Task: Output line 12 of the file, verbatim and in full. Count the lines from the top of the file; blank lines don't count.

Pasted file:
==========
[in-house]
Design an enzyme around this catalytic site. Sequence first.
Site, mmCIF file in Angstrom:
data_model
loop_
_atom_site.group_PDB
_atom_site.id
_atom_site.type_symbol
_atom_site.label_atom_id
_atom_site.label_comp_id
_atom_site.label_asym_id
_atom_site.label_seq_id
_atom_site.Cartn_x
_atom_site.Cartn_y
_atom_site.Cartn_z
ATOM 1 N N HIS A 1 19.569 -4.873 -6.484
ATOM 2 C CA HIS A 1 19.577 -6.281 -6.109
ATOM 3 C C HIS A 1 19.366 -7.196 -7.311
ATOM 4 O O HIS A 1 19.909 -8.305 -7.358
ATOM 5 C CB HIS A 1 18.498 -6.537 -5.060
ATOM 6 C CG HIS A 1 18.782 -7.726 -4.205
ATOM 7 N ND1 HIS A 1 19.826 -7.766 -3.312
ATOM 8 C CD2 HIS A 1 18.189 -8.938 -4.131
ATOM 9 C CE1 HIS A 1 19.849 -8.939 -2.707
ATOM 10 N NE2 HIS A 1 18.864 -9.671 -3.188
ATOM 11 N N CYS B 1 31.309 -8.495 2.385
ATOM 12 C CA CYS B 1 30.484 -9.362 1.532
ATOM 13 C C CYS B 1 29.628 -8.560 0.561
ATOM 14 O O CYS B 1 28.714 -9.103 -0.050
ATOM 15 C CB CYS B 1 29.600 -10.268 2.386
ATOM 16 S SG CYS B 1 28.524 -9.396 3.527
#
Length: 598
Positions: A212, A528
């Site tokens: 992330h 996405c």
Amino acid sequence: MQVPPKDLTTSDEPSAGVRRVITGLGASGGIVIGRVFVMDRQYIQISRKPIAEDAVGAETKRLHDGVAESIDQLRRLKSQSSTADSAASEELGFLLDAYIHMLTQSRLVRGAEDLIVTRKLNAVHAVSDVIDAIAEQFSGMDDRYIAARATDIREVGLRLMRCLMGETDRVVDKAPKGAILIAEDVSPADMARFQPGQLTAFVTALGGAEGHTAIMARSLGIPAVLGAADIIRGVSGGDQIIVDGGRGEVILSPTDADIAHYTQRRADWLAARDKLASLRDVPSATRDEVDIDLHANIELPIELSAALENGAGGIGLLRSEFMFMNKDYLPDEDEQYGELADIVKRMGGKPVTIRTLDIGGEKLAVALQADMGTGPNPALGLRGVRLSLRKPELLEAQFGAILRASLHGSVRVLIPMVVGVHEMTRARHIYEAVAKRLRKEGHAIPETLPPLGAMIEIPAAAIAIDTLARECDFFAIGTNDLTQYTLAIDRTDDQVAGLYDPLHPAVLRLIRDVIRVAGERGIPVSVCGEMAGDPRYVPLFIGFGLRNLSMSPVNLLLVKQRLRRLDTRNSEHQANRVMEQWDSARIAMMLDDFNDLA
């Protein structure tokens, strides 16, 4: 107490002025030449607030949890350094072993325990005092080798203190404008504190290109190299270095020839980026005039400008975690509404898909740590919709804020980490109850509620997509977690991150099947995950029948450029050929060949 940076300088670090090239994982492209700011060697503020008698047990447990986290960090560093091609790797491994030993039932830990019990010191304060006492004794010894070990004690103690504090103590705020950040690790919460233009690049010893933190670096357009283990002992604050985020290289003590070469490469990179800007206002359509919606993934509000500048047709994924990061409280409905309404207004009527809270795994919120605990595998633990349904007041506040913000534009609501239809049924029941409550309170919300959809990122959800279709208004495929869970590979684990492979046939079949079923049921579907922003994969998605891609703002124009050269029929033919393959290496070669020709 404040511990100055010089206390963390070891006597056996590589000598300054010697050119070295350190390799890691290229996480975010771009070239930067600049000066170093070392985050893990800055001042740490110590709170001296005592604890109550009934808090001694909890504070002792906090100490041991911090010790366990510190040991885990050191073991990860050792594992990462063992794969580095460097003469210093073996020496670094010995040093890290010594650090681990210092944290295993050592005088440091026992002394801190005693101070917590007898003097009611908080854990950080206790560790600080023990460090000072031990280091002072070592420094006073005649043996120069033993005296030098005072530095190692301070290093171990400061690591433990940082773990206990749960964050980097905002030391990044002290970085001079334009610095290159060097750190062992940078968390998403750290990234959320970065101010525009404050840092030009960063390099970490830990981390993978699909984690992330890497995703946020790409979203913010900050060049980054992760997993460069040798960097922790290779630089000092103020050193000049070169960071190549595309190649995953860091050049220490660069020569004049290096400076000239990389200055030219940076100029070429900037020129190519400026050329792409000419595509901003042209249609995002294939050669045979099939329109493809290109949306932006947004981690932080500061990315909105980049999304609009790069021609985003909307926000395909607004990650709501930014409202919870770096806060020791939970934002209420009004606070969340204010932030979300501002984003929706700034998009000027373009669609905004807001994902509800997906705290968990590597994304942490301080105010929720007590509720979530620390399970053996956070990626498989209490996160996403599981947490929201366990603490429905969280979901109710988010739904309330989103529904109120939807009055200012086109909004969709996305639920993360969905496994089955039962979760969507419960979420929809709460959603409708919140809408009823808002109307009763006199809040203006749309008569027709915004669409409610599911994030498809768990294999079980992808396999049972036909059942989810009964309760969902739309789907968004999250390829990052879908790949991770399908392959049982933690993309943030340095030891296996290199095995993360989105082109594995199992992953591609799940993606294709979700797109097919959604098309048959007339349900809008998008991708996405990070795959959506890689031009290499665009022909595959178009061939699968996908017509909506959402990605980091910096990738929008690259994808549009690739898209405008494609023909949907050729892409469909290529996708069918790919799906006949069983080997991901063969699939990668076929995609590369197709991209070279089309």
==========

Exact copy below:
_atom_site.label_seq_id